If you’re just joining us be sure to check out my FREE Pilates For Beginners Program here!
As I mentioned last week, maintaining a flexible spine is one of the best things we can do to stay pain and injury free.
Have you ever dealt with back pain? It’s the worst. It can be debilitating and often gets in the way of enjoying daily life.
Surprising facts about back pain:
- Low back pain is the single leading cause of disability worldwide, according to the Global Burden of Disease 2010.
- Experts estimate that as many as 80% of the population will experience a back problem at some time in our lives.
- Back pain is one of the most common reasons for missed work. In fact, back pain is the second most common reason for visits to the doctor’s office, outnumbered only by upper-respiratory infections.
- Back pain is the third most frequent reason for surgical procedures.
A sedentary lifestyle, extra weight and aging are three primary causes of back pain.
So remember, while it’s normal to exercise for aesthetic reasons, it’s just as important (and I would argue more important) to exercise to maintain a healthy, fully functioning body.
In today’s video I discuss how to properly rotate the spine. Many of us don’t take the time to focus on the fact that rotation comes from the spine, not the shoulders, elbows or head.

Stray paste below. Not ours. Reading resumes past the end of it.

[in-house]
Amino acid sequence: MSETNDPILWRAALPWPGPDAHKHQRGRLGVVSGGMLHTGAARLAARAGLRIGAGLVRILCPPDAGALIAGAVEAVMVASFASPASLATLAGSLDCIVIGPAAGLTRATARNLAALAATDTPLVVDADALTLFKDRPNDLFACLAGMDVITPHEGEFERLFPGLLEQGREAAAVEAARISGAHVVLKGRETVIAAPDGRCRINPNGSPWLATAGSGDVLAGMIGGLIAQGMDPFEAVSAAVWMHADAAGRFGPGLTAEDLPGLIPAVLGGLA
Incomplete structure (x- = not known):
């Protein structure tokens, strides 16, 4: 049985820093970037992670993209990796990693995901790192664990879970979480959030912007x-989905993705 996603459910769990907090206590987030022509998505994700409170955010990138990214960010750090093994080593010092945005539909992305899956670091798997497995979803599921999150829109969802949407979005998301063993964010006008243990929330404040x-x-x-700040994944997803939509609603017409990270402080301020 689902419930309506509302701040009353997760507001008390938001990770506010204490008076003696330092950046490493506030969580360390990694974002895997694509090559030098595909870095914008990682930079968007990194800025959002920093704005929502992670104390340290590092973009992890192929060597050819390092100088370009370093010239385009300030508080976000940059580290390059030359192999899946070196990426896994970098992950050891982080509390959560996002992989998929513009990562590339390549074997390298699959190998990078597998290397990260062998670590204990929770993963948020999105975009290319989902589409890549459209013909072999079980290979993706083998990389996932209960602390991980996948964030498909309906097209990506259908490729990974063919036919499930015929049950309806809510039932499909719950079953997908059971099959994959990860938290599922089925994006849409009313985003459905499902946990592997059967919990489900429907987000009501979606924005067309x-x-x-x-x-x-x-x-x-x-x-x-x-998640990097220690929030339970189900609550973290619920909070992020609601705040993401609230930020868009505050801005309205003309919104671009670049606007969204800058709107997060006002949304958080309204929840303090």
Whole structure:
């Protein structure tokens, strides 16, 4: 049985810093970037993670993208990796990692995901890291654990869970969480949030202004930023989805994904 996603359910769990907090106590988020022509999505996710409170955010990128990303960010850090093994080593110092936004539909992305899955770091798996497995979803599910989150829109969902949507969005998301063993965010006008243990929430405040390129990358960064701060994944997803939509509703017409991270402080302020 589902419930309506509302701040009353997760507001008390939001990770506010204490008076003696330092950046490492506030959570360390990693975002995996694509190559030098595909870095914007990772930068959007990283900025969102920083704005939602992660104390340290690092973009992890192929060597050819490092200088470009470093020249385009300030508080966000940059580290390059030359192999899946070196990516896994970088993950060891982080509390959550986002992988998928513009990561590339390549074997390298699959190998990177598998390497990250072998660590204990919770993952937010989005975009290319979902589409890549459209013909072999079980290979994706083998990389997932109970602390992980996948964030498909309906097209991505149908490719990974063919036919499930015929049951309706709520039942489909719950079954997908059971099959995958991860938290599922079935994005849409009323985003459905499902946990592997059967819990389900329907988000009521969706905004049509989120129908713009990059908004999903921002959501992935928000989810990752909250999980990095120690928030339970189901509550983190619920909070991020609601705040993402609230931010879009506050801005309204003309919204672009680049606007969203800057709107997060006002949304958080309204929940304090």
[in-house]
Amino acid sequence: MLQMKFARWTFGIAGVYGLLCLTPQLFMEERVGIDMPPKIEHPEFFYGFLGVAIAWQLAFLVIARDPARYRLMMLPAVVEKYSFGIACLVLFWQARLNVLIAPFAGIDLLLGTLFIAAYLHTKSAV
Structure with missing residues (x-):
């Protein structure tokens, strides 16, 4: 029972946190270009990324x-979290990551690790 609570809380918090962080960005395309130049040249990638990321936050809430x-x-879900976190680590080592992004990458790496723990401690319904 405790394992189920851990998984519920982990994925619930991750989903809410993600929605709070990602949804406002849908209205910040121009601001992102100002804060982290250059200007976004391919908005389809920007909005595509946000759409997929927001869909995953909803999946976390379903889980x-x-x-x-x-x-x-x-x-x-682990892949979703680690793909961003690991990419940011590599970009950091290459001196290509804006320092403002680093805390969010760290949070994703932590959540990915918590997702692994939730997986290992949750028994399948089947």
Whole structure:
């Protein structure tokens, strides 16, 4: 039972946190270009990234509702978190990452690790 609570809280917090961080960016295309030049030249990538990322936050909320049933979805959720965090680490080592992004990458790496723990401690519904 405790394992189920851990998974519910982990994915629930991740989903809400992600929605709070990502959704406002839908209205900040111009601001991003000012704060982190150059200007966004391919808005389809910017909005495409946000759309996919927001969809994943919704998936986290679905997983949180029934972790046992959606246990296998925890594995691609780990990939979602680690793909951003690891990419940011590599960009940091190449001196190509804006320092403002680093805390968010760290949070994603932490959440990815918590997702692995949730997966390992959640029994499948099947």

It’s a huge pet peeve of mine to see people doing exercises in the gym without considering proper rotation. Not only is it prime opportunity for injury, it also reduces the effectiveness of their workout because they’re using all the wrong muscles.
Rotation requires flexibility and strength. Continuing with a consistent Pilates routine can help to keep you flexible, strong and pain-free.
Remember to incorporate all you have learned from previous videos as you go through today’s series. By doing so you will continue to get more and more out of your sessions!
Bonus challenge: start with part one and work your way through part four for a well-rounded workout.
Please note: Rotation may irritate some back problems, such as herniated discs. I recommend that you talk to your doctor or physical therapist about how you can safely rotate your spine if you are dealing with unique pathologies.
When you complete today’s workout post a comment to let me know how it went! 🙂